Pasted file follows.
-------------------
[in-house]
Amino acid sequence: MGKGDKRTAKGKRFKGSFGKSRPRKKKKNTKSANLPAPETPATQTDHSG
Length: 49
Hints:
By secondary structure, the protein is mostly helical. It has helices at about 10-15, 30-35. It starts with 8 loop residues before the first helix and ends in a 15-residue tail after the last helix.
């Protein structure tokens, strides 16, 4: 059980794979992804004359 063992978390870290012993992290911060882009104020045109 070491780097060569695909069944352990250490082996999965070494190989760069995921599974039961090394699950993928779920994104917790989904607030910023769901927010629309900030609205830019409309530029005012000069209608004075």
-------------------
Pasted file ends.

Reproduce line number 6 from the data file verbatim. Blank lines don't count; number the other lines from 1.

């Protein structure tokens, strides 16, 4: 059980794979992804004359 063992978390870290012993992290911060882009104020045109 070491780097060569695909069944352990250490082996999965070494190989760069995921599974039961090394699950993928779920994104917790989904607030910023769901927010629309900030609205830019409309530029005012000069209608004075």